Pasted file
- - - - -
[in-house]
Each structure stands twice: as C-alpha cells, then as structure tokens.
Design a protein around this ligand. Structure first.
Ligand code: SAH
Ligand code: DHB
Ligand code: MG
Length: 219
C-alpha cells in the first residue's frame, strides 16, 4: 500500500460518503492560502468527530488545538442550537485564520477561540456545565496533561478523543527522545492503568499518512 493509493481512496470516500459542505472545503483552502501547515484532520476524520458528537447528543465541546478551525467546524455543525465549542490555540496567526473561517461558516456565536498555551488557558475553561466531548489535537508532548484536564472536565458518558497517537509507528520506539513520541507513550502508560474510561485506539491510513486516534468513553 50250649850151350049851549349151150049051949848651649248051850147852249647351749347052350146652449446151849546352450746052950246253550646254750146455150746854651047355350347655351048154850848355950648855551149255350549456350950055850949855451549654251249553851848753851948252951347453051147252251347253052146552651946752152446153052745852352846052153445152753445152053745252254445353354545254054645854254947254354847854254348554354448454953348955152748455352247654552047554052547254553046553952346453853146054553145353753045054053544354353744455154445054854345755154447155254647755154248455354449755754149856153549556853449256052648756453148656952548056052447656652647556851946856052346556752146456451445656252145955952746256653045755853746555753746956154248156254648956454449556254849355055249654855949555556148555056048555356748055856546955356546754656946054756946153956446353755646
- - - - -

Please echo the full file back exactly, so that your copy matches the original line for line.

[in-house]
Each structure stands twice: as C-alpha cells, then as structure tokens.
Design a protein around this ligand. Structure first.
Ligand code: SAH
Ligand code: DHB
Ligand code: MG
Length: 219
C-alpha cells in the first residue's frame, strides 16, 4: 500500500460518503492560502468527530488545538442550537485564520477561540456545565496533561478523543527522545492503568499518512 493509493481512496470516500459542505472545503483552502501547515484532520476524520458528537447528543465541546478551525467546524455543525465549542490555540496567526473561517461558516456565536498555551488557558475553561466531548489535537508532548484536564472536565458518558497517537509507528520506539513520541507513550502508560474510561485506539491510513486516534468513553 50250649850151350049851549349151150049051949848651649248051850147852249647351749347052350146652449446151849546352450746052950246253550646254750146455150746854651047355350347655351048154850848355950648855551149255350549456350950055850949855451549654251249553851848753851948252951347453051147252251347253052146552651946752152446153052745852352846052153445152753445152053745252254445353354545254054645854254947254354847854254348554354448454953348955152748455352247654552047554052547254553046553952346453853146054553145353753045054053544354353744455154445054854345755154447155254647755154248455354449755754149856153549556853449256052648756453148656952548056052447656652647556851946856052346556752146456451445656252145955952746256653045755853746555753746956154248156254648956454449556254849355055249654855949555556148555056048555356748055856546955356546754656946054756946153956446353755646